The United States federal government has produced many kinds of information. It is paid for by the tax dollars of the citizens, and was traditionally available from sources like the Superintendent of Documents at the Government Printing Office. That operation still exists, but there are now many more ways to get information, including public domain releases of video.
Video production by students and school personnel is well within budget these days. Many schools even have video production classes that feature student recorded work. Some schools produce daily or weekly video news programs.
There are many non linear editing systems available that run on today’s computers. Adobe Premier is well known for the Windows world. Final Cut Pro is a hit on the Macintosh. But these are very expensive. You can do good work for less.
What about Free or Open Source video editing?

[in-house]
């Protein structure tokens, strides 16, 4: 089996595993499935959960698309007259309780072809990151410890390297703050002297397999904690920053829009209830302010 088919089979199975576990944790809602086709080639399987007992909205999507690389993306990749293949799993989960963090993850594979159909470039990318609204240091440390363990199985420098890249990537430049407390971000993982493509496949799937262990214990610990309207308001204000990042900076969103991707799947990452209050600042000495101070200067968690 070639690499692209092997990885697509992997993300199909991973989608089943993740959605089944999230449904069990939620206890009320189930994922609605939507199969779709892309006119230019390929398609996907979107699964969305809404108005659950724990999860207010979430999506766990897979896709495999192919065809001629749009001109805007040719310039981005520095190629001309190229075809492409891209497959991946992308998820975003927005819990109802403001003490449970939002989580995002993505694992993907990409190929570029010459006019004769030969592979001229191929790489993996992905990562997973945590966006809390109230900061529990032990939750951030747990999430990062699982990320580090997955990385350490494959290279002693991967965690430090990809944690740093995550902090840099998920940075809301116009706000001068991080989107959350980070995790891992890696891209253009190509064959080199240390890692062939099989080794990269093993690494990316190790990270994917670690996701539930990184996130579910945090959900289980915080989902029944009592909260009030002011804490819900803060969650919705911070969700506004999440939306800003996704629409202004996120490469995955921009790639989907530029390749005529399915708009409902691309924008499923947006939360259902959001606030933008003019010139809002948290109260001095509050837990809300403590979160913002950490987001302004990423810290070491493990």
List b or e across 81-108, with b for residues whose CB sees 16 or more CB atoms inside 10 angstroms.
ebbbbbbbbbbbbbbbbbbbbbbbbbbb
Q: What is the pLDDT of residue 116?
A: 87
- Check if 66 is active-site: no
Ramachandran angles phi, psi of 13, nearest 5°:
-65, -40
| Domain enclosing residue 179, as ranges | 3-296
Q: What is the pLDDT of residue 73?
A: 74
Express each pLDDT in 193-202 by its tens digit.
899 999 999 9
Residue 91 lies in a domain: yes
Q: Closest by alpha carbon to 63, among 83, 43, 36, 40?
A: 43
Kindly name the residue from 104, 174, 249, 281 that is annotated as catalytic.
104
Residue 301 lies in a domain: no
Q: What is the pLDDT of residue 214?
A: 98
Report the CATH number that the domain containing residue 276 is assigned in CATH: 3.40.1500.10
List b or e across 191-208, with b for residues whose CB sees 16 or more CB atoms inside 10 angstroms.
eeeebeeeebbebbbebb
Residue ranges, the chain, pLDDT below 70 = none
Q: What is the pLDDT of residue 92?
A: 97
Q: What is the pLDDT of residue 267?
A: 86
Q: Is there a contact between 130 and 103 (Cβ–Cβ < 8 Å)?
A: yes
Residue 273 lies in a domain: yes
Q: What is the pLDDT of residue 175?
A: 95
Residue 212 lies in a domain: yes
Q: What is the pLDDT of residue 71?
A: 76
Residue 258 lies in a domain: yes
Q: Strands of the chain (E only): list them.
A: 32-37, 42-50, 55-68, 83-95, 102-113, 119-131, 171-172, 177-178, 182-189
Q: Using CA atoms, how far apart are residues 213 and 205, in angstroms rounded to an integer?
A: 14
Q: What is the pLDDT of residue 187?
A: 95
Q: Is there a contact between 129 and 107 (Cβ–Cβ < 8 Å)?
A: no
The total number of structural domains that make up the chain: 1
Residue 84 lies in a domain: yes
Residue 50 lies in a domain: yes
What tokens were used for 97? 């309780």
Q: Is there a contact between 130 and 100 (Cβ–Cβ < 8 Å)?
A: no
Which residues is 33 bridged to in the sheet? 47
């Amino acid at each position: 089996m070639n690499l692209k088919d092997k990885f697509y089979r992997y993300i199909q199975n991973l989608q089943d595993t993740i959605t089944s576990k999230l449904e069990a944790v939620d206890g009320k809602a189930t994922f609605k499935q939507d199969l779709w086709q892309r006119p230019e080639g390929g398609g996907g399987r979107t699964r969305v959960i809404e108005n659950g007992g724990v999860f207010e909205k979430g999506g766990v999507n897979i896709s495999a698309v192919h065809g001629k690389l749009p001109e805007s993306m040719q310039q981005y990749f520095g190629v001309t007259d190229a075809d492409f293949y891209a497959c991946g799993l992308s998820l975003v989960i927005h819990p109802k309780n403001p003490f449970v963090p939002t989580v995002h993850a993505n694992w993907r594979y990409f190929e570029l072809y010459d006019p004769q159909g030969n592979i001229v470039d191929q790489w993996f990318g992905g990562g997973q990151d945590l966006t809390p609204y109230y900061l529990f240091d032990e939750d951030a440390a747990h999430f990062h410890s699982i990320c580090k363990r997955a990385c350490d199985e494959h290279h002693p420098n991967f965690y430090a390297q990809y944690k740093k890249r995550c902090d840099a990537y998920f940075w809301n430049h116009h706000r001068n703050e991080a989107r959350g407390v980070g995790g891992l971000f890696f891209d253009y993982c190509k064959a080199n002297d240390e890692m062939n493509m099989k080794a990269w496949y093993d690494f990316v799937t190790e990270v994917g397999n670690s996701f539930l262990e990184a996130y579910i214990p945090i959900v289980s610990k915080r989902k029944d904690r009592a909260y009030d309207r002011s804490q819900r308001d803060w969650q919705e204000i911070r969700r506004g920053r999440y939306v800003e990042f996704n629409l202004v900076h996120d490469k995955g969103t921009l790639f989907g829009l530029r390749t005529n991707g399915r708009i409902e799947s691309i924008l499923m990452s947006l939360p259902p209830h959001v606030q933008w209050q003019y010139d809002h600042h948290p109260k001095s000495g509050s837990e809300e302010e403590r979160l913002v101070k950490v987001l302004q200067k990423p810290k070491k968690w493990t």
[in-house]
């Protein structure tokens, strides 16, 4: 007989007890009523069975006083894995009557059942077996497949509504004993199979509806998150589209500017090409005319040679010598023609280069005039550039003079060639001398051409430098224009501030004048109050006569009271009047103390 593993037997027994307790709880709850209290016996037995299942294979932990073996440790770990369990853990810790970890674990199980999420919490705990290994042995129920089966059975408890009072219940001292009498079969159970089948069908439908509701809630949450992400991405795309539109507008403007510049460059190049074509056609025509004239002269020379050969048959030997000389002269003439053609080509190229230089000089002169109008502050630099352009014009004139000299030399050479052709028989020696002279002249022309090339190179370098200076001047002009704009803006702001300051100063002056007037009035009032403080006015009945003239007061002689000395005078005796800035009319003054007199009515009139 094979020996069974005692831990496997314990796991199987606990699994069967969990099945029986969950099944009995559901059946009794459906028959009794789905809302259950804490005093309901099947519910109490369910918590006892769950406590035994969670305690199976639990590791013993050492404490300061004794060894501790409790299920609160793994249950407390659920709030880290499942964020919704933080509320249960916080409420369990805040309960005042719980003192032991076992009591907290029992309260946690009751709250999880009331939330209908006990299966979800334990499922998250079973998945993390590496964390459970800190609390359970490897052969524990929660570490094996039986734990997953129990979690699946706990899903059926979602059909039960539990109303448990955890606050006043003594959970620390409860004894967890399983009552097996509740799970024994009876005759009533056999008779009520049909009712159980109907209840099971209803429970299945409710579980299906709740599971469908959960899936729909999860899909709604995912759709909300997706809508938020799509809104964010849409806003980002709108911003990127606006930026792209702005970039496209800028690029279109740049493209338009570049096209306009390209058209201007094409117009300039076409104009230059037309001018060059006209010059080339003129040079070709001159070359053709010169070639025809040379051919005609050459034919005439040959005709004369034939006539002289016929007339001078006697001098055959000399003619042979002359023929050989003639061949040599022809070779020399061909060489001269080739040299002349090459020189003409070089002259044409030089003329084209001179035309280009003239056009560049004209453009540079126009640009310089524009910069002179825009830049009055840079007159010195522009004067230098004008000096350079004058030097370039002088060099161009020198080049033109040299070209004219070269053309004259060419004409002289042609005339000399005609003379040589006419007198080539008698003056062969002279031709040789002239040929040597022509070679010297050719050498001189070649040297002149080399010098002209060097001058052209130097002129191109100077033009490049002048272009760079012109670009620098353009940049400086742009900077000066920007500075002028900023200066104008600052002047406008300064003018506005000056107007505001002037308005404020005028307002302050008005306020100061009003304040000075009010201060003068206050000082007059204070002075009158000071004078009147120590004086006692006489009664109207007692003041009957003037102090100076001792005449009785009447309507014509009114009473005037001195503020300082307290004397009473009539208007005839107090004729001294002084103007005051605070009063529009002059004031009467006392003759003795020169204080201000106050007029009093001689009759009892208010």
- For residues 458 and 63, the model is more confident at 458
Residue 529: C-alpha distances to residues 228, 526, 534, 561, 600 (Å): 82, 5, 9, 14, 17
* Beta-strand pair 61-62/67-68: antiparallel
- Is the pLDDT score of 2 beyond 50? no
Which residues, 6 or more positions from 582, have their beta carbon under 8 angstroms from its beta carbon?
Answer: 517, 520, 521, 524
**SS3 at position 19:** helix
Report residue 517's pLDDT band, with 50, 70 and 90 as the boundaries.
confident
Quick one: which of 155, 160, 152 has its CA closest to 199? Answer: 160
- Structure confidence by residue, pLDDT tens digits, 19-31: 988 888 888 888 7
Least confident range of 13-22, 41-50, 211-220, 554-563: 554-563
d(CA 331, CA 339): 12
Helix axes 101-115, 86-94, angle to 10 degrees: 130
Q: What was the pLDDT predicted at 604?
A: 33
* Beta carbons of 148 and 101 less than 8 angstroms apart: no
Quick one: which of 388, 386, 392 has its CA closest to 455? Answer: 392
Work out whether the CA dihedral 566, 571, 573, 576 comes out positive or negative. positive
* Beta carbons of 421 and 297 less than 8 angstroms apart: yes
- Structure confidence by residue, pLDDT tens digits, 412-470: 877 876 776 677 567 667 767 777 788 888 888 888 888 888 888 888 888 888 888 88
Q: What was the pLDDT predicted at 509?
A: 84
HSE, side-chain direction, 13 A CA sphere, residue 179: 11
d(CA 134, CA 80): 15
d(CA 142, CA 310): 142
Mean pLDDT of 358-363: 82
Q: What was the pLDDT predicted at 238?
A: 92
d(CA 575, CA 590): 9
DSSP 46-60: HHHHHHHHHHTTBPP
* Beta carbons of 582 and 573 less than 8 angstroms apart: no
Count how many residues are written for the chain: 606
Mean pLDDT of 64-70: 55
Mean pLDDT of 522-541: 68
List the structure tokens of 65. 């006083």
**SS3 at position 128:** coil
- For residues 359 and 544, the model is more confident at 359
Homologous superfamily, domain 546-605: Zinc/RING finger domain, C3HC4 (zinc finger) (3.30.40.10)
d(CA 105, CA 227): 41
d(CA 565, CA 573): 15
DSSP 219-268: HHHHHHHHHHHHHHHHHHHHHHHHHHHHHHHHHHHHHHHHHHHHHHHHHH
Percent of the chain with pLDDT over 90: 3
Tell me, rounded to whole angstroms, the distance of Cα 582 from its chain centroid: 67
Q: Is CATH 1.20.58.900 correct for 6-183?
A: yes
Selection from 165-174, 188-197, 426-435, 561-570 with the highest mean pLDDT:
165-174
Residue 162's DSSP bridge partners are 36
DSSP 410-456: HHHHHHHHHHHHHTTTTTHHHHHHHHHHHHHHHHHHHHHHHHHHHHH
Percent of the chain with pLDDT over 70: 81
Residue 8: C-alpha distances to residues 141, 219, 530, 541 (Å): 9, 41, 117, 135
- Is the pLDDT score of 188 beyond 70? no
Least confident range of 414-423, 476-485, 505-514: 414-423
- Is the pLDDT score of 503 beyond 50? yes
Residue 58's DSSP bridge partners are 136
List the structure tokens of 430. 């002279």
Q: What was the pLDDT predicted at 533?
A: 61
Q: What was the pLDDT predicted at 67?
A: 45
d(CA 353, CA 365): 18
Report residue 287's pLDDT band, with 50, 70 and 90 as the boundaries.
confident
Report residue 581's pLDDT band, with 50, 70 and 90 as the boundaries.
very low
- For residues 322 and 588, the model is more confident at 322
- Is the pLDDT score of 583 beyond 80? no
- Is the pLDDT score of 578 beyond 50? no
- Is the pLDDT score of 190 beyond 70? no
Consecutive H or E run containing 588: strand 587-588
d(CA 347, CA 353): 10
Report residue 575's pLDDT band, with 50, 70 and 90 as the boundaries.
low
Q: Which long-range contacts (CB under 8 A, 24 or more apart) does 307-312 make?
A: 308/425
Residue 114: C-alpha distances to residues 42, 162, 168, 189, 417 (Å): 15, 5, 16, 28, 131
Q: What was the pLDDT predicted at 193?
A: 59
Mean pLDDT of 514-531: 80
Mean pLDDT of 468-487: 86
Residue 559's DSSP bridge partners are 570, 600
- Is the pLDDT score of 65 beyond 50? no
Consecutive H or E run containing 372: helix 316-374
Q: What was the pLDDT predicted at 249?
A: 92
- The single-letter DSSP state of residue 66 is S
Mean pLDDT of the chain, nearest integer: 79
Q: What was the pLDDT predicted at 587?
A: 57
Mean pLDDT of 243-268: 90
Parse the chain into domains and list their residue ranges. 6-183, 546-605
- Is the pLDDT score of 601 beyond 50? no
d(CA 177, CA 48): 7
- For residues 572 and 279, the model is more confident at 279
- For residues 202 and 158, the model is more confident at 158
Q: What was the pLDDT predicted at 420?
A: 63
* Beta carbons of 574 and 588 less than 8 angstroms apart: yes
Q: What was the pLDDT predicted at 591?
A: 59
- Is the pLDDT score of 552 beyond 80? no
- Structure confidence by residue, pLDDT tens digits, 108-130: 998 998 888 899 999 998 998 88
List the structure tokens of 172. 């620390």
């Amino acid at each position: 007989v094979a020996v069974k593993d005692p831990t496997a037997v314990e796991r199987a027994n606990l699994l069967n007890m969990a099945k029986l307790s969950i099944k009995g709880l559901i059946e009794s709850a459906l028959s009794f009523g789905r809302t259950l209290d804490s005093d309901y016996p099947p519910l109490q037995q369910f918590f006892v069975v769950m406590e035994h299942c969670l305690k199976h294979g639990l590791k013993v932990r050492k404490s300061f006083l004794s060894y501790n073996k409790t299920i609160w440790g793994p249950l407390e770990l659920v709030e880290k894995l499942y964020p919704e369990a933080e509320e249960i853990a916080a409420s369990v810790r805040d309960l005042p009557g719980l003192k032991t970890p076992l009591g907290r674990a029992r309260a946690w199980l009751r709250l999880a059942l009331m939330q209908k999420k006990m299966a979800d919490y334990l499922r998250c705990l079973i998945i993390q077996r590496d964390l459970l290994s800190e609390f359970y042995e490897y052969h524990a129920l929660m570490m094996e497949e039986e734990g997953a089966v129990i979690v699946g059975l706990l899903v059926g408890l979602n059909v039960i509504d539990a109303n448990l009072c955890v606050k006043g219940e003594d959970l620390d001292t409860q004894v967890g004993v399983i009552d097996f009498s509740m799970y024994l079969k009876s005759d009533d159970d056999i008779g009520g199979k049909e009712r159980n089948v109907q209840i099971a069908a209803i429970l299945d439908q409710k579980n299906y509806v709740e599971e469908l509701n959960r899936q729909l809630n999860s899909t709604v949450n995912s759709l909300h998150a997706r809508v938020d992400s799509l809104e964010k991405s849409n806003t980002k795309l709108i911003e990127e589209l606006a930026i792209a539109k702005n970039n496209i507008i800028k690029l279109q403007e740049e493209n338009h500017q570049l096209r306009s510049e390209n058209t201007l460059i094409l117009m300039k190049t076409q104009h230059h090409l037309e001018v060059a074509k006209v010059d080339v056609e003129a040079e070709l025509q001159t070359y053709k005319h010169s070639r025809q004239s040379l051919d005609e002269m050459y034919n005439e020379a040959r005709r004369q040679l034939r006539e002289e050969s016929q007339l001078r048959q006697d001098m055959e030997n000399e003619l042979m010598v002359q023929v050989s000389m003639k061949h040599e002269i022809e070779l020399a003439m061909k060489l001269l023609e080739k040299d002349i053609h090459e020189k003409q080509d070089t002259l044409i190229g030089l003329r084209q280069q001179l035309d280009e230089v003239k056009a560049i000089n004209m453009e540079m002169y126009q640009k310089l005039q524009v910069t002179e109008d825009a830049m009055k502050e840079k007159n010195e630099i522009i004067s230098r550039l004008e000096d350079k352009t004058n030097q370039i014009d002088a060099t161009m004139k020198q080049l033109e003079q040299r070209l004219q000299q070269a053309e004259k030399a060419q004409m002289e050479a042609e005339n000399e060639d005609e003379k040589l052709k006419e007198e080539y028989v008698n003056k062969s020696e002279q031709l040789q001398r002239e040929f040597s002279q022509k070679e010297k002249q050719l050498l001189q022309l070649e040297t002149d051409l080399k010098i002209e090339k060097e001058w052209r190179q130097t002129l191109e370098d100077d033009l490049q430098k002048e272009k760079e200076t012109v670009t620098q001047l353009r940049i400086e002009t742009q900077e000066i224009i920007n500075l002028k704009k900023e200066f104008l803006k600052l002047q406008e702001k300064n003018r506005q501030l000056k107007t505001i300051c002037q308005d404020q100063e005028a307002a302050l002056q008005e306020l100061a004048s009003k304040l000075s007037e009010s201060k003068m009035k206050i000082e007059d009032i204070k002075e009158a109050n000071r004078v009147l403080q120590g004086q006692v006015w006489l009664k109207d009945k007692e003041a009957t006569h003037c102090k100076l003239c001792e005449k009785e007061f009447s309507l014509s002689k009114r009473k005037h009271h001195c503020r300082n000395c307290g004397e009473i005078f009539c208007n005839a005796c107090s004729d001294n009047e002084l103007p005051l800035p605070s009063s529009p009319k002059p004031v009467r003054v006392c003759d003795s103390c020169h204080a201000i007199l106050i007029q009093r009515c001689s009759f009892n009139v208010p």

Start at Wikipedia’s list.
Look near the bottom of the list. There’s a whole bunch of open source programs for Windows, Macintosh and Linux.
Now, back to the federal resources. Much of the video from the federal government is stored in the form of video tape and film, so Public.Resource.Org has stepped up to make the conversion of this video into digital format which we can access through the Internet.
*No late charges* in the public domain!
FedFlix is a joint venture with the National Technical Information Service (NTIS). Each month they send us government videotapes. We upload them to the Internet Archive and YouTube, then send the government back their videotapes and a digital copy for their files. No cost to them, more data for all of us. Enjoy!
With this resource, you and your students can produce video projects that pop and can do any remix you want…That’s the joy of public domain.
What similar resources do you use?